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I am reading about queues in robert sedwick book on algorithms

When the items in the data structure are themselves array indices, so we refer to such item as "index items". Typically, we have a set of M objects, kept in yet another array, that we need to pass through a generalized queue structure as a part of a more complex algorithm. Objects are put on the queue by index and processed when they are removed, and each object is to be processed precisely once. Usually array indices in a queue with no duplicates accompliches this goal directly.

My question in last sentence "Objects are put on the queue by index and processed when they are removed, and each object is to be processed precisely once" ? we are using only one array instead of two arrays?

What does author mean by "Usually array indices in a queue with no duplicates accompliches this goal directly." ?

Thanks for your time and help

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1 Answer 1

up vote 6 down vote accepted

Well, the author wants to address the algorithmic task of processing data that's stored in an array:

       +-----+-----+---------+-----+
Data = | Foo | Bar | Grandma | Zip |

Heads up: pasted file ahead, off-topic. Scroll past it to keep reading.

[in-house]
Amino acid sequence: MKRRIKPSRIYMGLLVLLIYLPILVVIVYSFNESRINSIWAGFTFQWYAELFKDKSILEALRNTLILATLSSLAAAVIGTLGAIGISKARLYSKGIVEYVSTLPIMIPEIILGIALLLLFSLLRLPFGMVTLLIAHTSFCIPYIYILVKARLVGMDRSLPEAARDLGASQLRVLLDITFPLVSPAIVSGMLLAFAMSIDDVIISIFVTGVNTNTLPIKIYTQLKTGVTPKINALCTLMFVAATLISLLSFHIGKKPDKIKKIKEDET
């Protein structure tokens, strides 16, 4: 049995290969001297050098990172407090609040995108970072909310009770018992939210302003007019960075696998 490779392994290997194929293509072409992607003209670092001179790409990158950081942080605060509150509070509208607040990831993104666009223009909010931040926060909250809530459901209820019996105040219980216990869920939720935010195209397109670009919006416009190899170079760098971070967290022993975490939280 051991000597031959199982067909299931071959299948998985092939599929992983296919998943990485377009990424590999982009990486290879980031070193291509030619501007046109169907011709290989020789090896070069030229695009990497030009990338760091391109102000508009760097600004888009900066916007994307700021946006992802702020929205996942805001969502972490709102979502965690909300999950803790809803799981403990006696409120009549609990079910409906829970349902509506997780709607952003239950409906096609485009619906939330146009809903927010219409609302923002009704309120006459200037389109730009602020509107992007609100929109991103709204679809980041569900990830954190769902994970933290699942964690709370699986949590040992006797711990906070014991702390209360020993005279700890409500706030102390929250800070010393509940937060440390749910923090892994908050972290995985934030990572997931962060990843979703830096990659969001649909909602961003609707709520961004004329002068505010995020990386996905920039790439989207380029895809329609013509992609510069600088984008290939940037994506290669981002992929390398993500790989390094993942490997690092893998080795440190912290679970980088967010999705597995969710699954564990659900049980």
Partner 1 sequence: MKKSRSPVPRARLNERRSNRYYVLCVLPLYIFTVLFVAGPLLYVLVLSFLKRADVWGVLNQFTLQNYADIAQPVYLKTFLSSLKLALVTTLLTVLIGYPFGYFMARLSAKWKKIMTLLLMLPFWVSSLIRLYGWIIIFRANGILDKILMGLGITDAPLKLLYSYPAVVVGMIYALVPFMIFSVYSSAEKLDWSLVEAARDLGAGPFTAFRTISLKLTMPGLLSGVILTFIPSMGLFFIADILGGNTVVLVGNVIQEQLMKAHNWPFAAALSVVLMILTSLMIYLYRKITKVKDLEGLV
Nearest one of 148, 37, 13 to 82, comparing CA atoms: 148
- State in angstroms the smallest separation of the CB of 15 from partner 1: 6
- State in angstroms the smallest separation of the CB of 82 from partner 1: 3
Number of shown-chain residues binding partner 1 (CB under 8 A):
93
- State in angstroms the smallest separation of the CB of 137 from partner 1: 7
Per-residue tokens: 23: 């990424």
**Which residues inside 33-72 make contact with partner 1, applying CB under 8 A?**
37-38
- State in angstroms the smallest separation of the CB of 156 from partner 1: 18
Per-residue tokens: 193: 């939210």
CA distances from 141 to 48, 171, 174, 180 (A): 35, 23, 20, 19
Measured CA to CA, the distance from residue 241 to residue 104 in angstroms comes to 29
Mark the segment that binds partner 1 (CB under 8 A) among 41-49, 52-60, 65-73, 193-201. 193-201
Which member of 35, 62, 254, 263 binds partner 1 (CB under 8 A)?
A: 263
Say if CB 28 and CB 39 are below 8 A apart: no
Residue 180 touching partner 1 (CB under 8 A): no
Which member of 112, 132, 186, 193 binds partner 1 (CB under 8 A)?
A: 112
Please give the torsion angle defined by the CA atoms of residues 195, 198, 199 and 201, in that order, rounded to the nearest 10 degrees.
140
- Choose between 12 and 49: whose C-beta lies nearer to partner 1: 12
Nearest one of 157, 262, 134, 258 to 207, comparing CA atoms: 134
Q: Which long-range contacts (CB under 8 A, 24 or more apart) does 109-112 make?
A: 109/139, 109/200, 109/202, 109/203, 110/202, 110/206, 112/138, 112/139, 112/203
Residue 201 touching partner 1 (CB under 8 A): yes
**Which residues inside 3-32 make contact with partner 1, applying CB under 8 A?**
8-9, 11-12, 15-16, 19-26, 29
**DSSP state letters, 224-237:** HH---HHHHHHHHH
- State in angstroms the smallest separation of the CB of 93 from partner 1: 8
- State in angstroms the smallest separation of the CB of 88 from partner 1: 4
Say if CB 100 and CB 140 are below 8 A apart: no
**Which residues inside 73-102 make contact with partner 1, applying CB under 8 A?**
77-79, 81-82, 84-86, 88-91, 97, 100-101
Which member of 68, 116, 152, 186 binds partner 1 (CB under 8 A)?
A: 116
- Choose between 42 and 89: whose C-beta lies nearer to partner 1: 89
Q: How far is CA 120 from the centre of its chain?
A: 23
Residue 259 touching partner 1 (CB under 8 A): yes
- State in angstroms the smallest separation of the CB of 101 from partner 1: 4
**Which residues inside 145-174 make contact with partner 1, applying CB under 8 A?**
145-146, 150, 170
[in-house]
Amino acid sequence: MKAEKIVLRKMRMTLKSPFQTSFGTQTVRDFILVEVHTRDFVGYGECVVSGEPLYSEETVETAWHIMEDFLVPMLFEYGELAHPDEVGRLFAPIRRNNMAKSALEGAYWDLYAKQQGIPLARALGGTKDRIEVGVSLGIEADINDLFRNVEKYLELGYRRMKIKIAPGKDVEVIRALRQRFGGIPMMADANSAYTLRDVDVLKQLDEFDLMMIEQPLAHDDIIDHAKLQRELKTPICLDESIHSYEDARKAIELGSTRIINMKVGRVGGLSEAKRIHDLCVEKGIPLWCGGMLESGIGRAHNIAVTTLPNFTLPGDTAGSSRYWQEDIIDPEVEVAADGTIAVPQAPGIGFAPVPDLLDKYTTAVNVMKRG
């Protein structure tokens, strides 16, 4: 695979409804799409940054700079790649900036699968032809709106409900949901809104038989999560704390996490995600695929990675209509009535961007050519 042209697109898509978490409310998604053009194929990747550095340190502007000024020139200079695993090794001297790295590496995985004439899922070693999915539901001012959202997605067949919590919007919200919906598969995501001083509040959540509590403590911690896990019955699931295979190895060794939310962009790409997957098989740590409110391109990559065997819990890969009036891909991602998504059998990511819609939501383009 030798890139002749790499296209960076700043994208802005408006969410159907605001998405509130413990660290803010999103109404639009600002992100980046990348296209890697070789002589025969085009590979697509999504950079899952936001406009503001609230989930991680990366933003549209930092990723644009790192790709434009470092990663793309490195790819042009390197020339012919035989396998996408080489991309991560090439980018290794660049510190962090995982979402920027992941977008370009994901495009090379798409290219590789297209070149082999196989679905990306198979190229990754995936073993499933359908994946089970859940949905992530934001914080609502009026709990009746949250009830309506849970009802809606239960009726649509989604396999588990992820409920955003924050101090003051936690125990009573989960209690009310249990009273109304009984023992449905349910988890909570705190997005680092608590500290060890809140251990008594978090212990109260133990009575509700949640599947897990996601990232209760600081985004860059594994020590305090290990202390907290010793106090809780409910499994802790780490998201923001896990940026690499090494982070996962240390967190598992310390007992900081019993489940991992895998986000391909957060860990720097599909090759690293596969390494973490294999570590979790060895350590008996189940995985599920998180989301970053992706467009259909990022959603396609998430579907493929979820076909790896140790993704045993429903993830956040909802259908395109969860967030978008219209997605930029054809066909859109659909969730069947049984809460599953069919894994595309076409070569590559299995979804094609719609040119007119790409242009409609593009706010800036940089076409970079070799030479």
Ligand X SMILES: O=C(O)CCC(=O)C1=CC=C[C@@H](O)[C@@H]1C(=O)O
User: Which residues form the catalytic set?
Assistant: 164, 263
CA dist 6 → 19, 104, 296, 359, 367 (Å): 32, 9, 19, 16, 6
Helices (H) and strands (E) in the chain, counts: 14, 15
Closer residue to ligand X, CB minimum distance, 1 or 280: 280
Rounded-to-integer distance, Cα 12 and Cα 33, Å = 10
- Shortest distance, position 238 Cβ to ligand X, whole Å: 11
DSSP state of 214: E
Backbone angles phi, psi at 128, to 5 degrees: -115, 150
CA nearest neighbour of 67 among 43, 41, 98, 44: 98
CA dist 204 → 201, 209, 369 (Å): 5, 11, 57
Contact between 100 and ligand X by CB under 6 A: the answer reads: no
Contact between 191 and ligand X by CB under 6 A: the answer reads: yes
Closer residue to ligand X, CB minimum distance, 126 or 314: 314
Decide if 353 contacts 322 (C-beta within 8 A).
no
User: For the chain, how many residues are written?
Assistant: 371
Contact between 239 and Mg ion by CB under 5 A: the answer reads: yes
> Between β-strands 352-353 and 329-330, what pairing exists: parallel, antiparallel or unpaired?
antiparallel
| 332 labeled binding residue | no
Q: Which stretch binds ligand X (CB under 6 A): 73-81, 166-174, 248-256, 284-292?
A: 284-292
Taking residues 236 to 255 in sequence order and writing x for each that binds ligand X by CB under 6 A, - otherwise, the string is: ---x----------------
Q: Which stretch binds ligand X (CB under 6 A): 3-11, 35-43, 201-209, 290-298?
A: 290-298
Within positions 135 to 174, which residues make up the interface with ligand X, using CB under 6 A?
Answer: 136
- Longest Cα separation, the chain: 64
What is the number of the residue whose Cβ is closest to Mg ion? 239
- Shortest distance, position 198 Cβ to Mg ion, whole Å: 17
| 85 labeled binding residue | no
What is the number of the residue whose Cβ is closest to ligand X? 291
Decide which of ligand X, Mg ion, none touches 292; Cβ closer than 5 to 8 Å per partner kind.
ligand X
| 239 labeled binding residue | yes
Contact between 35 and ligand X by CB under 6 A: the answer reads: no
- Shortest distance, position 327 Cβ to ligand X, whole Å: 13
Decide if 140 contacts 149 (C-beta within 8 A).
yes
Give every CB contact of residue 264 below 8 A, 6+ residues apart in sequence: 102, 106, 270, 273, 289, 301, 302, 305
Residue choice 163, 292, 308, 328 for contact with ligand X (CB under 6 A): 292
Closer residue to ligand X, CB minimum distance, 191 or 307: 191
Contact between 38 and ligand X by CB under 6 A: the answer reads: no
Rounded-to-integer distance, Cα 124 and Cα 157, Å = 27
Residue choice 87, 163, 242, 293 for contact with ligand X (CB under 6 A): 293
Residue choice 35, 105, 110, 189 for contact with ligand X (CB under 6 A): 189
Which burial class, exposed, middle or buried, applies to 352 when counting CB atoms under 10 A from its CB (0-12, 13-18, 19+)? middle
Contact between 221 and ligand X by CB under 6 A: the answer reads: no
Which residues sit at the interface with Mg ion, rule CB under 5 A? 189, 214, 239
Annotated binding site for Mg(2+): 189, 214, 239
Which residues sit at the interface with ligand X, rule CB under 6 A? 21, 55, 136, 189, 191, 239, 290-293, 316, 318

+-----+-----+---------+-----+

We need to process this data in some sort of order that's determined by our algorithm, and there's some sort of "to do" queue of items we want to process next. Copying the actual data objects may be undesirable or impossible (objects may be large or uncopyable). A queue of indexes does the trick:

             --+---+---+--\
ToDo = [2] --> | 0 | 3 | -----> (1)
             --+---+---+--/

The queue tells us that Data[1] is the next item to be processed. Data[3] and Data[0] are waiting, and we just decided that Data[2] comes in as the most recent task.

(For example, queues are used in a breadth-first search of a tree structure: You pop the node that you want to visit next off the queue on one side and push the children of that node in as future work on the other side. Each node should be visited exactly once. The above index queue lets you store the actual tree elements in the Data array, and refer to them by a light-weight index only.)

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